An international team of experts investigating the origins of the Covid-19 pandemic say it is "extremely unlikely" the virus came from a lab — and it is likely to have originated in an animal other than bats.
Dr Peter Ben Embarek said the World Health Organisation team's findings suggest "that the laboratory incident hypothesis is extremely unlikely to explain introduction of the virus into the human population".
The team said the virus was likely circulating for several weeks before it was detected in December 2019, as they delivered a summary of their findings on Covid-19 in Wuhan on Tuesday night.
Embarek, the WHO's food safety and animal disease specialist and chairman of the investigation team, said that according to their research, an intermediary host species is "the most likely pathway [for crossover into humans] and one that will require more studies and more specific targeted research".
The panel said it was likely other animals may serve as reservoirs, including those from the feline family, given the high susceptibility of minks and cats to the virus.
Professor Liang Wannian, head of the expert Covid-19 panel at China's National Health Commission, said other possible animal reservoirs are "massively undersampled, or this research is not adequate enough".
The panel said the reservoir hosts of Sars-CoV-2 are yet to be identified and Embarek said this was a "work in progress".
He said the coronavirus samples identified in bats and pangolins are not "sufficiently similar" to Sars-CoV-2 to suggest a direct link.
Embarek said the team has tried to find what other animals at the Huanan seafood market could have introduced the coronavirus, and "a lot of work needs to be done to better understand these interesting pathways".
This includes products that were moving in and out of the market, those produced at that time and/or still available. "The market was dealing primarily with frozen animal products and mainly seafood but there were also vendors selling products from domesticated wildlife and imported products," he said.
"There is the potential to continue to follow this lead and animals that were supplied to the market in frozen and other semi-processed or raw form."
Exposure and detection
The team arrived in China on January 14 and spent two weeks in quarantine before high-profile site visits and key interviews.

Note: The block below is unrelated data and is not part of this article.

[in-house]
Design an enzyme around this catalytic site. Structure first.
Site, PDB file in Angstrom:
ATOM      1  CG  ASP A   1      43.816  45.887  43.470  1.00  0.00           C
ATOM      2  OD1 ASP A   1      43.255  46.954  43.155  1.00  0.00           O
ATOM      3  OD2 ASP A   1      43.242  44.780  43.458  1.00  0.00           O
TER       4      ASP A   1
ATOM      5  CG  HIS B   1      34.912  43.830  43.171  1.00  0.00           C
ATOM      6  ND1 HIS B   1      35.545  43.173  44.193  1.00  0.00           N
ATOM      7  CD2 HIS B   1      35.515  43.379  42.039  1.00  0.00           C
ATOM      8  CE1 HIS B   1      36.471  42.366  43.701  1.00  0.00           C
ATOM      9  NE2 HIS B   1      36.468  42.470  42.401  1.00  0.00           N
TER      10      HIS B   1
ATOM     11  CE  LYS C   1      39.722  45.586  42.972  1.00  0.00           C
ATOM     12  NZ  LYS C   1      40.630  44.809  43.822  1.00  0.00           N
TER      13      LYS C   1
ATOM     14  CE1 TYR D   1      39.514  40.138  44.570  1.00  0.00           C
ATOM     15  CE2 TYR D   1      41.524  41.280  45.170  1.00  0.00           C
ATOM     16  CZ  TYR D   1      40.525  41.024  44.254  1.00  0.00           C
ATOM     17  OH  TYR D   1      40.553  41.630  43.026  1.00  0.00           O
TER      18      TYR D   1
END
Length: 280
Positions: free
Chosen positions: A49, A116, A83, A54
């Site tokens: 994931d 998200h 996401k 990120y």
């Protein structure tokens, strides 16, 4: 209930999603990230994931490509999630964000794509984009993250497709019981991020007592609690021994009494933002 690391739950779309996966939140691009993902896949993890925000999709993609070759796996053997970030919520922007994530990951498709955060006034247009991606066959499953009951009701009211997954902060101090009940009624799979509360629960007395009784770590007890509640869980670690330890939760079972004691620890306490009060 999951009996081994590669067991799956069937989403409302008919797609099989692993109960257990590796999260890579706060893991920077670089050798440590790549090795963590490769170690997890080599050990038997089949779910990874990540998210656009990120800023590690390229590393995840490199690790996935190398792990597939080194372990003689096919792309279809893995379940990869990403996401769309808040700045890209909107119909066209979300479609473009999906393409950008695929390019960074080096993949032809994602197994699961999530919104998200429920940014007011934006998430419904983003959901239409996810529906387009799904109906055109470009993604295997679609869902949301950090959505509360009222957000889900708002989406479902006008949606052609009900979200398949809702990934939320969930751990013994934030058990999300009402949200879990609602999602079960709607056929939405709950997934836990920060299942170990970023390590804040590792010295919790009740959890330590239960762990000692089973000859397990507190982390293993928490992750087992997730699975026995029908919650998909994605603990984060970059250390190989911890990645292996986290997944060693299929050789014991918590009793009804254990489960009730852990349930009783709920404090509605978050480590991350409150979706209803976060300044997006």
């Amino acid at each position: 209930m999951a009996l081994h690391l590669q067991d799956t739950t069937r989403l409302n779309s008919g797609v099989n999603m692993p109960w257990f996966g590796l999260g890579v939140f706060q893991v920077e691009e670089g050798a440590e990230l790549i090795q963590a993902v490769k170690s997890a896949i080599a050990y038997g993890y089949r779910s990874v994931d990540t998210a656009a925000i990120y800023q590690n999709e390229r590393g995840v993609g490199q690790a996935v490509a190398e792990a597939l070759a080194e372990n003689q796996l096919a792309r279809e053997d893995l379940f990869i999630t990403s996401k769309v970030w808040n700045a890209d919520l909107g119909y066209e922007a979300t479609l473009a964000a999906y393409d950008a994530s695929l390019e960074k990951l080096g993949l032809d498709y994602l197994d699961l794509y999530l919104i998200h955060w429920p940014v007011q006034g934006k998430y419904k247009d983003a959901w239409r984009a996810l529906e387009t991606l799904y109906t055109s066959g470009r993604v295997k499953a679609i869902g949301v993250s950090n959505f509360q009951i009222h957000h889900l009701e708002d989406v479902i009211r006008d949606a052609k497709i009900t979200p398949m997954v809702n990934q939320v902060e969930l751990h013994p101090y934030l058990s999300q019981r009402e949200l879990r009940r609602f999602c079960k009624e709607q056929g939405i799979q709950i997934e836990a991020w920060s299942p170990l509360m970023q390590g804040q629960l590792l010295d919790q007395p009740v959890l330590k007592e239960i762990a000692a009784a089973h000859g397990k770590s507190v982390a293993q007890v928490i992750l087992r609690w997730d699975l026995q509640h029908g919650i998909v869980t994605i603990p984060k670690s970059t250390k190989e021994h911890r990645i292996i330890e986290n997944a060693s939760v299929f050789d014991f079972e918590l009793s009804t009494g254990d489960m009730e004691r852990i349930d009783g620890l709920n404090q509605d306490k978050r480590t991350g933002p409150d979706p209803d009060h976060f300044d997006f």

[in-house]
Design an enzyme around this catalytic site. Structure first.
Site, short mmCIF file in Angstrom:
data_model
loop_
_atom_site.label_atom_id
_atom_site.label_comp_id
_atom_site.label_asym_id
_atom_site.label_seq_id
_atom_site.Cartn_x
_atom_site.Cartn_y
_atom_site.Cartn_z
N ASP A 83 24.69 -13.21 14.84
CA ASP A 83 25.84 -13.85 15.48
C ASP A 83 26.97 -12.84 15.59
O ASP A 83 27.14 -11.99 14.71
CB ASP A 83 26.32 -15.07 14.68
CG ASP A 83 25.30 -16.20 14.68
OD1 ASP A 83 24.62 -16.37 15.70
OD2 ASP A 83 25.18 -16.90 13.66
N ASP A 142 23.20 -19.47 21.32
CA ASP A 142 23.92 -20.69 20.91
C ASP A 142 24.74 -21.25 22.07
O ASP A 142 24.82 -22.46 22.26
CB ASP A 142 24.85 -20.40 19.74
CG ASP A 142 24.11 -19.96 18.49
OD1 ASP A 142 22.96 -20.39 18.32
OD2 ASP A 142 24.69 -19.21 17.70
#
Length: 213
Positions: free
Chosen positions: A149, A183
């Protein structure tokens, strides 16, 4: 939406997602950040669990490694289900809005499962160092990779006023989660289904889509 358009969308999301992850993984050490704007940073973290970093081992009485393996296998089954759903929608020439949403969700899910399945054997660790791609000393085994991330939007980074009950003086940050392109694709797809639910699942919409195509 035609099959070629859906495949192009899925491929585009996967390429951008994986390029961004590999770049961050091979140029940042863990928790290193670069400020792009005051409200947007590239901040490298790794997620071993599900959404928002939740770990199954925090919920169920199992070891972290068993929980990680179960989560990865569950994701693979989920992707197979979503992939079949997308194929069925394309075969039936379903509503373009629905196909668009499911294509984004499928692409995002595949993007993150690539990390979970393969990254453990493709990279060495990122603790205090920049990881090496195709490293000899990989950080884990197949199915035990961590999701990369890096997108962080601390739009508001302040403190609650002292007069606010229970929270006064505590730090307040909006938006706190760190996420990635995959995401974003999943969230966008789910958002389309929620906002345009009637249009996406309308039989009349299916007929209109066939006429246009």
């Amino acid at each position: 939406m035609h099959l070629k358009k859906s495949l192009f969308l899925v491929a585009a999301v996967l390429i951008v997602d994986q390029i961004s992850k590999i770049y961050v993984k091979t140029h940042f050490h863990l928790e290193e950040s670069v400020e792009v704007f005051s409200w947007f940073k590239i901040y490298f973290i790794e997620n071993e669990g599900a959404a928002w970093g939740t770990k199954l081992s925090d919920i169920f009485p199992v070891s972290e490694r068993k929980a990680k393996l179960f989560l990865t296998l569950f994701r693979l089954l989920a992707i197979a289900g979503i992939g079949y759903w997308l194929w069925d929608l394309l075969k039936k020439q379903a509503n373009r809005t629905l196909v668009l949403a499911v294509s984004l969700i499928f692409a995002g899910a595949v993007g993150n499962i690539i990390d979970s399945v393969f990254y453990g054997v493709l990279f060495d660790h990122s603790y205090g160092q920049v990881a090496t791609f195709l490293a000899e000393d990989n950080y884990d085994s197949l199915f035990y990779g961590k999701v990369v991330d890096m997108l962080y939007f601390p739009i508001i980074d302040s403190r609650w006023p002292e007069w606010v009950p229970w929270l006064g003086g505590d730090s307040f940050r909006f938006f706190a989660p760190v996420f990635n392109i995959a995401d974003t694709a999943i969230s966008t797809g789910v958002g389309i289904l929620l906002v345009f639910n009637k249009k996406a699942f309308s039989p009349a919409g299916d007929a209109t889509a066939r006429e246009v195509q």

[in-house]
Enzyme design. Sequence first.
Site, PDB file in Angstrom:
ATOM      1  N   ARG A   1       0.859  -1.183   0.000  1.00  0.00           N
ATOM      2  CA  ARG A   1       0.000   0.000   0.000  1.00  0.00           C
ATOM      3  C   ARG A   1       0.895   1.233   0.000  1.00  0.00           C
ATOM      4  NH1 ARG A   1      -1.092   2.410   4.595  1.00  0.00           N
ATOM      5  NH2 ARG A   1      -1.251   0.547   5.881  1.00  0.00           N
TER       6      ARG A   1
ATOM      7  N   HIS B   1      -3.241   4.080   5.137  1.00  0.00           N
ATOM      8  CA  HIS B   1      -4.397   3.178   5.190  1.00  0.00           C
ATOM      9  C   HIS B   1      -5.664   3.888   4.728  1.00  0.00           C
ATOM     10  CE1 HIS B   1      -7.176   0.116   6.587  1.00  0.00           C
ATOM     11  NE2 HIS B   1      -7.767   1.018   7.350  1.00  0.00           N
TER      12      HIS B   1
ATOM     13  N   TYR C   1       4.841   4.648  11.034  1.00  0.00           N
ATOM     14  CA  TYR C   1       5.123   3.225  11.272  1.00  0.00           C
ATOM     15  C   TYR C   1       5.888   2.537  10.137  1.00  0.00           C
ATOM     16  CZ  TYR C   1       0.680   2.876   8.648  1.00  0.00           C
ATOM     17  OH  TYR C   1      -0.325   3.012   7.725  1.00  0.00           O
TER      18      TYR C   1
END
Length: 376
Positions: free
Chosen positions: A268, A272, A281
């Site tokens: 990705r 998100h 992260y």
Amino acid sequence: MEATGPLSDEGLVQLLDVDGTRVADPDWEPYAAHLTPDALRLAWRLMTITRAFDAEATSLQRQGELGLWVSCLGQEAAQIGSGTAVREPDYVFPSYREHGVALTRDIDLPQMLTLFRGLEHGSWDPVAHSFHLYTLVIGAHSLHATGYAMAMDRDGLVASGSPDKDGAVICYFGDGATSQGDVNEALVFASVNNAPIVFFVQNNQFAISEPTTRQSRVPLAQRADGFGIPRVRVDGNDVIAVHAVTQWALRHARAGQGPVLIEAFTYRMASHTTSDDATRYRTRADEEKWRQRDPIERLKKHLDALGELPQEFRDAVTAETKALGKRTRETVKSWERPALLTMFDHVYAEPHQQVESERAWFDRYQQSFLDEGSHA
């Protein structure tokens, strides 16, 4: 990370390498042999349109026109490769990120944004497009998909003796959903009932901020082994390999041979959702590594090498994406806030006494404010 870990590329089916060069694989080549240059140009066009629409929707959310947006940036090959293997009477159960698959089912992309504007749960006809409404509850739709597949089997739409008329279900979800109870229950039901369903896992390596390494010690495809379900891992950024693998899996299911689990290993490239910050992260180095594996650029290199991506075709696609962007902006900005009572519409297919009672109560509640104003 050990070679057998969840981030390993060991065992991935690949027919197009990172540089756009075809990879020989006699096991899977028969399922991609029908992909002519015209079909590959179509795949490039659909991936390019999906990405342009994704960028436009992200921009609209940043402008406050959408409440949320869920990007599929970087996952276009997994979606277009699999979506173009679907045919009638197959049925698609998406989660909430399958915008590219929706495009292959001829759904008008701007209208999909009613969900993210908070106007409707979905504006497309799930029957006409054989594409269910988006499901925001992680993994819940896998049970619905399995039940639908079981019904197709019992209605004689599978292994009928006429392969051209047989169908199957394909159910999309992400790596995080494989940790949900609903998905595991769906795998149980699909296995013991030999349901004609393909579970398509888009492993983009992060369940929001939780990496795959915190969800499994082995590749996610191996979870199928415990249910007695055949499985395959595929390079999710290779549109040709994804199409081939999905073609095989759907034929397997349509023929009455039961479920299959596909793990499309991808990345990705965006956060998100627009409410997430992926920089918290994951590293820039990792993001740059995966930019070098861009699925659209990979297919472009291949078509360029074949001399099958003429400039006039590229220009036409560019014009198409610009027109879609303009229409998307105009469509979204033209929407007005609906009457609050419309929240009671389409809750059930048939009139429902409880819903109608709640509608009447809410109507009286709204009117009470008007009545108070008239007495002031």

They aimed to get a better understanding of the starting point of the Covid-19 outbreak and whether the timeline would change, and how the virus emerged and jumped to the human population.
"In terms of understanding what happened in the early days, did we change dramatically the picture we had beforehand? I don't think so," Embarek told the media briefing.
"Did we improve our understanding? Did we add details to our story? Absolutely."
Liang said early circulation of Sars-CoV-2, the virus that causes Covid-19 infection, was a "very important part" of their review.
He said some samples were detected "even earlier than the first case reported", indicating the "possibility of misreported calculations in other regions".
But he said it is considered "unlikely" that any substantial transmission of Sars-CoV-2 was occurring in Wuhan in October and November 2019.
Some of the early Covid-19 cases were associated with the Huanan seafood market and other cases were linked to other markets, but some had no market association at all, Liang said.
He said some of the Huanan market cases had identical genomes, suggesting they are part of a cluster.
Further research is also needed to determine the role played by cold chain food products in transmission, Liang said.
Embarek said they concluded there was no evidence "of large outbreaks that could be related to cases of Covid-19 prior to December 2019 in Wuhan or elsewhere".
He added: "We can also agree that we have found evidence of wider circulation of the virus in December. It was not only the cluster outbreak in the Huanan market but the virus was also circulated outside of the markets."
Experts snub lab theory
The team of experts visited the Wuhan Institute of Virology last Wednesday, which is at the core of unfounded theories about Covid-19, including a leak from the lab run by a scientist nicknamed the "bat woman".
Former US president Donald Trump and his supporters claimed to have evidence of an "accidental" leak and accused China of a cover-up.
The lab theory is not a hypothesis experts suggest any future studies into, Embarek said.
"We looked at the arguments for and against such a hypothesis," he said, adding that they took a rational approach to assessing the likelihood of such an event.
Embarek said "accidents do happen" and are "not impossible" but lab accidents are extremely rare.
"Nowhere previously was this particular virus researched or identified or known.
"There had been no publication, no reports of this virus."